Here’s What Happened on the MBTA Last Night

Smoky chaos on the Orange Line and delays on the Red Line have left commuters with lots of questions.

Orange Line

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Update 3:21 p.m.: It looks like some good is coming out of the national and international attention being paid to last night’s smoky incident at Back Bay. Stuart Long, the commuter who shot a widely-shared video of the emergency evacuation at the T stop, has been granting the rights for TV news agencies to use his footage in exchange for donations to support ALS research. He tells Boston he’s raised $500-600 so far.

“I have participated in the ALS walk for the past 4 years, and this year I fell short of my goal,” he wrote in a message on Twitter. “I thought I could put the funds to good use, and help out the ALS Association.”

Earlier: Some called it the MBTApocalypse. Others called it just another day in a system that Bostonians can never quite be sure will work like it’s supposed to.

Last night’s chaos at Back Bay station was another reminder that not only might you not make it to work on time if you take the T, you might actually end up carrying your co-passengers through a window, and hacking up smoke.

It was also a good case study for how a combination of small failures on the MBTA (a malfunctioning engine, a bundle of trash) and big ones (a heaping backlog of repairs) can bring mayhem and disarray to the city in a matter of minutes. And as the scene inside Bay Bay station makes its way into national and international headlines (and not to mention with winter creeping closer by the day) it’s left riders with lots of frustrations about how the city and the state are handling this old, error-prone system of ours.

Here’s what we know about what happened yesterday. The T says that around 4:40 p.m., there was a “propulsion issue” that caused smoke to pour into the station when the train’s motor overheated. A T official tells the Herald that a fire “caused a large arc, and an explosion. It also caused trash to catch fire 
creating an exorbitant amount of smoke.” There were no serious injuries reported, but three people were taken to the hospital for evaluation after smoke inhalation.

The real story, though, is the footage that emerged from what happened: Panicked passengers scrambling to escape an Orange Line train by smashing through windows and crawling out of them. One video of the chaos had been retweeted nearly 2,000 times by Thursday morning, and by the early evening had been featured in at least one national news outlet. “This is the picture of Boston we are sending to the world,” tweeted Steve Koczela, MassINC president.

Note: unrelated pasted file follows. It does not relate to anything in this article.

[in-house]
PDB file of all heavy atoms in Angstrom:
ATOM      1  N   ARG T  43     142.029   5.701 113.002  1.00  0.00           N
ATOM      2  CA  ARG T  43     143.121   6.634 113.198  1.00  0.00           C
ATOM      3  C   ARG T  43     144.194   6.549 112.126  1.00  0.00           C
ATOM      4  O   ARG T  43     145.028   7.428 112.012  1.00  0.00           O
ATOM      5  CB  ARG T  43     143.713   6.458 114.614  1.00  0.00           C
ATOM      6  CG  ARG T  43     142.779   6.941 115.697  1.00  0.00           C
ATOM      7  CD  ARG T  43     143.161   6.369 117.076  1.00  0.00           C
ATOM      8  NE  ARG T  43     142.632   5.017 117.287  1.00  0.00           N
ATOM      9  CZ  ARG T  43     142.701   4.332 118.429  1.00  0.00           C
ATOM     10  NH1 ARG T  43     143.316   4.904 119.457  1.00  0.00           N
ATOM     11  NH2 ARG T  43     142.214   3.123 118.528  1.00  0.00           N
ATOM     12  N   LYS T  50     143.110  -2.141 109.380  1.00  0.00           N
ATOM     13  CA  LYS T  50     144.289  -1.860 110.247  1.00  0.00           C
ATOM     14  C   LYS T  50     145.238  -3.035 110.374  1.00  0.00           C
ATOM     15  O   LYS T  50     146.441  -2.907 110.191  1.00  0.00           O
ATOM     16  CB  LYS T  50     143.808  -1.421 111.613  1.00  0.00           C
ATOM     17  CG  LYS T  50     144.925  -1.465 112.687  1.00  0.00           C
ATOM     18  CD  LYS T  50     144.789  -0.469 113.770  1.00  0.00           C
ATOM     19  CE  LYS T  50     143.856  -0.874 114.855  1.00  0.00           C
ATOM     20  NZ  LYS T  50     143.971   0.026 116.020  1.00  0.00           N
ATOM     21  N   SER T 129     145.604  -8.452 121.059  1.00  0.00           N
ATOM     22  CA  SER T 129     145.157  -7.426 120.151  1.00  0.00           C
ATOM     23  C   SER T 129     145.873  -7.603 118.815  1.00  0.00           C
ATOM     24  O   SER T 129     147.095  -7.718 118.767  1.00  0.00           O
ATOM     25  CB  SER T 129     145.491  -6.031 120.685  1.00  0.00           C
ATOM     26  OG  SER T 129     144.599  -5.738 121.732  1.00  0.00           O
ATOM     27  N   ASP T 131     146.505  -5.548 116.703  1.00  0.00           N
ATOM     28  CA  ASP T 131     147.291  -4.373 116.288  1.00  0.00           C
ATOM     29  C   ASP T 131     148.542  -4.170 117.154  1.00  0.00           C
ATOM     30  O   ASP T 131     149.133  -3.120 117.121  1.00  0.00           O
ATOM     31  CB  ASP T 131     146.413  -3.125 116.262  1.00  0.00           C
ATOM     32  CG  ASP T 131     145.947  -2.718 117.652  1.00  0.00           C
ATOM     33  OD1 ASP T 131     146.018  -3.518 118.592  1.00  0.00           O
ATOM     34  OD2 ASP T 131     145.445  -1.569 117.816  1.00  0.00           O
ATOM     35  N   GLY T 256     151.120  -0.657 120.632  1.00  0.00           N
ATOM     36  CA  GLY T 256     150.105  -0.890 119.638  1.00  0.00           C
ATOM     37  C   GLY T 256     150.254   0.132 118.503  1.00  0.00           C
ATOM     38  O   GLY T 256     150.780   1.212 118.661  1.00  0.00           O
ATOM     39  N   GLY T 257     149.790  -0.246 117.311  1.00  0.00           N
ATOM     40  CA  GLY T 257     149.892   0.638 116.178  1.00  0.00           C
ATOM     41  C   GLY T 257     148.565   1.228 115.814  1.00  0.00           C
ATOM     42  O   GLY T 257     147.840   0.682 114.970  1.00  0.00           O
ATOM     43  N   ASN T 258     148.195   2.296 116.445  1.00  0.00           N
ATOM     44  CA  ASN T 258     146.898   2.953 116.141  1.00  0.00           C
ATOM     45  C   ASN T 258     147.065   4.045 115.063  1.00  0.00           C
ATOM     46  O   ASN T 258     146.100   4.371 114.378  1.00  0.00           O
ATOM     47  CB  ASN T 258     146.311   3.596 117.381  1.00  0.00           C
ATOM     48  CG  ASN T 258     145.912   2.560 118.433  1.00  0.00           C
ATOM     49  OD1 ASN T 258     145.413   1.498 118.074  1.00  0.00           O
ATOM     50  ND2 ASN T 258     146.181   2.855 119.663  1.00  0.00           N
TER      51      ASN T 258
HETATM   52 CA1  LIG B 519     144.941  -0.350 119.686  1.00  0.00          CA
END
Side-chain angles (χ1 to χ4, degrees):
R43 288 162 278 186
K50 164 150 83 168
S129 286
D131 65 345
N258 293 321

Others, including members of Boston’s City Council, were also expressing their rage online last night.

Council president Michelle Wu called the video “terrifying & unacceptable” in a Tweet, adding, “How often does this have to happen before @MBTA makes real plan & investments to fix infrastructure, expand service??”

City Councilor Josh Zakim replied, saying: “It’s enough already. Time for @CharlieBakerMA to commit to real investment in our #PublicTransit system!”


Mayor Marty Walsh renewed calls to fund fixes at the T with new revenue, calling the agency’s problems a “revenue issue.”

“It concerns people, and I think that what we need here is a comprehensive plan to move the T forward. We’re talking about an old system with a lot of old vehicles,” Walsh told reporters Thursday, according to the Globe. He added: “We have to get a little creative here and maybe do some type of tax with an end in sight, so you have something in place.”

Elsewhere, others were seeing delays on the Red Line due to a disabled train at Alewife. And commutes around the city were impacted by both of those problems, as images and videos surfaced of packed T platforms well past rush hour.

Yesterday and today, people were tweeting about last night’s meltdown like it was a psychological trauma:

It didn’t help that there were delays again this morning, with the Orange Line once again the center of attention: a “track problem” at Wellington and a disabled train at Tufts Medical Center. It gave riders yet another reason to vent.

Some, though, saw the bright side.

There was more T news to surface this morning. As the Herald notes today, despite that backlog of more than $7 billion in needed repairs, the T hasn’t yet spent even half of its repair budget so far this year. And the Globe reports on a shakeup in the HR department after the trouble agency lost $600,000 due to errors in a billing system that overcharged or undercharged employees, as well as $9 million missing from outside partners who weren’t paying their bills.

The conversation about all of this is likely to continue at least tomorrow, while the scenes from the Orange Line are still fresh in commuters’ minds. The T’s fiscal and management control board meets on Friday to discuss its “strategic plan.” They can expect an earful.